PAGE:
Because of their ablity to produce large amounts of offspring in a short amount of time, fruit flies were ideal specimens for early genetic experiments.
metaphase stage in mitosis at which chromosomes are aligned along the cell equator several hundred times without separating from each other by mitosis and cell division. Instead, the newly replicated DNA strands line up parallel to one another to form a tight bundle, called polytene chromosomes. Polytene chromosomes are less condensed than normal metaphase chromosomes, and can be around 2 millimeters long, large enough to easily be examined in detail under a low-power microscope. When stained with certain dyes, polytene chromosomes display characteristic banding patterns along their length. Drosophila geneticists have made maps of the banding patterns and have learned to use them as landmarks to help them locate genes of interest. Polytene chromosomes make Drosophila an excellent organism for the sub-branch of genetics known as cytogenetics, which is genetic analysis through directly visualizing the chromosomes themselves.
One of the most important areas of research to come from studies on Drosophila is that of embryonic development. By analysis of mutants, developmental biologists have elucidated a complex and precise picture of how genes orchestrate the development of a fertilized egg into an adult fly. Many of the genes exercising the master control over these processes encode transcription factors, which are proteins that regulate when and where particular genes are transcribed to produce messenger RNA. The initial set of genes in the hierarchy acts in the oocyte, even before it is fertilized by a sperm. Their main function is to define the spatial polarity of the oocyte, determining which is the front and rear (posterior and anterior polarity), and which is the belly and back (dorsal and ventral polarity). These genes, in turn, activate genes that divide the embryo into segments and subsegments, which will eventually become the body segments of the adult animal. Later-acting genes, termed homeotic genes, act within each segment to define its identity, for example a wing or a leg. Remarkably, the genes and regulatory pathways involved in Drosophila development are highly conserved (that is, very similar genes and pathways are present), not only in other invertebrates, but also in mammals, including humans. see also Chromosome, Eukary-otic; Development, Genetic Control of; In Situ Hybridization; Model Organisms; Morgan, Thomas Hunt; Muller, Hermann; Mutagenesis; Mutation; Transcription Factors; Transposable Genetic Elements.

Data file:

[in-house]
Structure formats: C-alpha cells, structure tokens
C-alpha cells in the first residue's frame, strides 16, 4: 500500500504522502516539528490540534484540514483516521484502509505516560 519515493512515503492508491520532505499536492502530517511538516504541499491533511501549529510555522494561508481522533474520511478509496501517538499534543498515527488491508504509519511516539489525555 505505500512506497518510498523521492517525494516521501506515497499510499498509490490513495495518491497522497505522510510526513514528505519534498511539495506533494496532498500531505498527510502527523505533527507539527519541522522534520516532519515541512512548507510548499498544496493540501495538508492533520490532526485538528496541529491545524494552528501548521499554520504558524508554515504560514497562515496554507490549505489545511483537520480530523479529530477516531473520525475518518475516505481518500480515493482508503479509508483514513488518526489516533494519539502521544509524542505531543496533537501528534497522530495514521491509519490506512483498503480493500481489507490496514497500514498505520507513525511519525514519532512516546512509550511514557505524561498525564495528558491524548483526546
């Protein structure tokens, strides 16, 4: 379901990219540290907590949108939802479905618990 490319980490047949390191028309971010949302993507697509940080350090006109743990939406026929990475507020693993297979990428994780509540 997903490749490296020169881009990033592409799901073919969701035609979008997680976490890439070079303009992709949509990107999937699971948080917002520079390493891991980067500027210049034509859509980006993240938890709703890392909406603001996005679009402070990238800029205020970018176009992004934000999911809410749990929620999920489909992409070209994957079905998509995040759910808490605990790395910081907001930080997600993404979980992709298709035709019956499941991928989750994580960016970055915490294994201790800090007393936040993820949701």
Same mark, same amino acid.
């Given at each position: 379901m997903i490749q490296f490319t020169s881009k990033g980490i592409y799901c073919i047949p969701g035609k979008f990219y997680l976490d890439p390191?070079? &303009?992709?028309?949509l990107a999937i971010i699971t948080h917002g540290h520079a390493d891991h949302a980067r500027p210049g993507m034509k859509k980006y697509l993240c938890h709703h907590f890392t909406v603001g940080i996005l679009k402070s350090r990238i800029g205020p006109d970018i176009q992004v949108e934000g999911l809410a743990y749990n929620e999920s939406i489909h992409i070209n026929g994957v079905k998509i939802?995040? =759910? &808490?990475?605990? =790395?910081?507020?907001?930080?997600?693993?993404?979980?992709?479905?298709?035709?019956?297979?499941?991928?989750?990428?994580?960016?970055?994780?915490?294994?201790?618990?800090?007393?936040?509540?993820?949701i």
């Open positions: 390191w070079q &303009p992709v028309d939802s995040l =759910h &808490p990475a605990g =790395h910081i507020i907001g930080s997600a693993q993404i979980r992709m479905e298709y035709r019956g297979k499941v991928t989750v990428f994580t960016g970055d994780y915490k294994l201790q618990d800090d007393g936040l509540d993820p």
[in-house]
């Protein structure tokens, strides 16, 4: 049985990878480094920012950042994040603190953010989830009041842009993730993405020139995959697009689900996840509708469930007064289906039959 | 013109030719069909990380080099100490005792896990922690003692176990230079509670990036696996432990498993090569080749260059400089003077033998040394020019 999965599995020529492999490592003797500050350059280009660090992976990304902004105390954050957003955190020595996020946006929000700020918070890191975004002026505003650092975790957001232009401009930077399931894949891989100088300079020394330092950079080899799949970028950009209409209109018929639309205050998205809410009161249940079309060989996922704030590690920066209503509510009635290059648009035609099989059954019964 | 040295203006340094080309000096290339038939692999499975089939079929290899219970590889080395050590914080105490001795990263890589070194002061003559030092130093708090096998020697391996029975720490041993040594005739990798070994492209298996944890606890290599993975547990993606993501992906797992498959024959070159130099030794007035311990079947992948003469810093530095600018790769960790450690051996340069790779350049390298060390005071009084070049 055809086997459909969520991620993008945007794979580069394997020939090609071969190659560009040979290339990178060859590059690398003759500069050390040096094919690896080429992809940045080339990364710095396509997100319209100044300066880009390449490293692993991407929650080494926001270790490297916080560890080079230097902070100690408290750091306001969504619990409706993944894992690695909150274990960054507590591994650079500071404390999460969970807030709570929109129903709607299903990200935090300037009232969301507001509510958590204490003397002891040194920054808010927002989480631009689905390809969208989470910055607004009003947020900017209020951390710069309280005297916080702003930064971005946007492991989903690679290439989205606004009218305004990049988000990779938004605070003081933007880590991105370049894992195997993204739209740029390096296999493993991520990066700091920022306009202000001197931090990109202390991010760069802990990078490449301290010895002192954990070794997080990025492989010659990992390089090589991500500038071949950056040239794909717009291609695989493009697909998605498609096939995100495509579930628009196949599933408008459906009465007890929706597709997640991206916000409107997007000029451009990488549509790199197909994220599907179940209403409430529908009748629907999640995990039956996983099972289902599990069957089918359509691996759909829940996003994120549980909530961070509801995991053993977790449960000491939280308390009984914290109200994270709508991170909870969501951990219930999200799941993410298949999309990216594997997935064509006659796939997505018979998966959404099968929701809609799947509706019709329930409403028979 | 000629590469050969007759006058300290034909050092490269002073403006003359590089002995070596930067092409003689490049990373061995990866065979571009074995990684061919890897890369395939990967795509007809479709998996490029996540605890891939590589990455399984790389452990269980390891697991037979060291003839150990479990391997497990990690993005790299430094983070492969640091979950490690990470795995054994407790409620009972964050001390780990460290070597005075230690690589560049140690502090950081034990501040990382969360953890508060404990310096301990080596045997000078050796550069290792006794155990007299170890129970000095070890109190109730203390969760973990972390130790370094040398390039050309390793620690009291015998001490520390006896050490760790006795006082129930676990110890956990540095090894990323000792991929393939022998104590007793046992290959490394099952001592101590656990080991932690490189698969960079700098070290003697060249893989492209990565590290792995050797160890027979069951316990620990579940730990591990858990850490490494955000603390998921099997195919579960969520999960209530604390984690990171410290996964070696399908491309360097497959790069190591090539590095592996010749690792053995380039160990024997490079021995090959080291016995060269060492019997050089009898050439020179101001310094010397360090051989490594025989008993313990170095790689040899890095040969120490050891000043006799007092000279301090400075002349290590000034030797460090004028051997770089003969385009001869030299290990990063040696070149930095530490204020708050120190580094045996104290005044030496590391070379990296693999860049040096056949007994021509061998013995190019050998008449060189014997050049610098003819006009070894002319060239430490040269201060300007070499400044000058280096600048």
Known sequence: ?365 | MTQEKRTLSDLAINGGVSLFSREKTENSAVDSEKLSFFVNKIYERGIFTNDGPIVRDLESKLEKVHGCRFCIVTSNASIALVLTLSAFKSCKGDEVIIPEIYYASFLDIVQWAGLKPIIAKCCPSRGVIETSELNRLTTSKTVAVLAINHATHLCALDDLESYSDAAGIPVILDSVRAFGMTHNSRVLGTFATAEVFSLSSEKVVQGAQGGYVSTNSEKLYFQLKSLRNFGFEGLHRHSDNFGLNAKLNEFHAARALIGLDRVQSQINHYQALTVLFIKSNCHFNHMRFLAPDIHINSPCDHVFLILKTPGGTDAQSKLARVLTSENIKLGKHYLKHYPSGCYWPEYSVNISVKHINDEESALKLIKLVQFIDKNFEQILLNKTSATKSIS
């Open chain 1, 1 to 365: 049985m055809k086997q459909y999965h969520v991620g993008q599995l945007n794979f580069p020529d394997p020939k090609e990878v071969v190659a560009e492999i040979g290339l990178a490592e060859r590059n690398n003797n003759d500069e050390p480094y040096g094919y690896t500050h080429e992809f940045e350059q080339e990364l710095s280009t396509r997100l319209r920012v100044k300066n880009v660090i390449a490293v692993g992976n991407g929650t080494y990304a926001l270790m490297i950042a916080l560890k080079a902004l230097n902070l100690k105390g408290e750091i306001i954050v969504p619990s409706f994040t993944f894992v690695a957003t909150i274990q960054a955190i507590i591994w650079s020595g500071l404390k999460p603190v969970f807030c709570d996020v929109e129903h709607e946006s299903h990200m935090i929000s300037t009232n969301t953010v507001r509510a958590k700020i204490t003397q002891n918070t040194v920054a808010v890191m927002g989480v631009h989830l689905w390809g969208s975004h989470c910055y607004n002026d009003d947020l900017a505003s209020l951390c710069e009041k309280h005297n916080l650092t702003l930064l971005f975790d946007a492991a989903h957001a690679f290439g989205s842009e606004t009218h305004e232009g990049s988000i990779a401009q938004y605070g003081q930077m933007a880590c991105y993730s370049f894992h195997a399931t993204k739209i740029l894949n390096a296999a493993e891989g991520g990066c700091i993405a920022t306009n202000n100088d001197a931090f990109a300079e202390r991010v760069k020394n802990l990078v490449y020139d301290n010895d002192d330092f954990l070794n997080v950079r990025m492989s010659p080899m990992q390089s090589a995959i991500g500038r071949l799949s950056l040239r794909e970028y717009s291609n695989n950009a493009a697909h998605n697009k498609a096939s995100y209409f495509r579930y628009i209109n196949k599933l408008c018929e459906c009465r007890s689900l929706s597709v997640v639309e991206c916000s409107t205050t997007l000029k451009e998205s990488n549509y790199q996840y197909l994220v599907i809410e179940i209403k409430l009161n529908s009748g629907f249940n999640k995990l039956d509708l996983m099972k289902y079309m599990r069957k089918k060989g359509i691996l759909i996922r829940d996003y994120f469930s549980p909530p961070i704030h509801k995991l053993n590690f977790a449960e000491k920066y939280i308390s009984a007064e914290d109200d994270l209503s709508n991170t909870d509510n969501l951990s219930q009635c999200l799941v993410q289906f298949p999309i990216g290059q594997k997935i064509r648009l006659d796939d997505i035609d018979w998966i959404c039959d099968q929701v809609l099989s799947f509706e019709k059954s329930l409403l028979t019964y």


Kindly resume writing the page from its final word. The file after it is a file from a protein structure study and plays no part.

Paul J. Muhlrad
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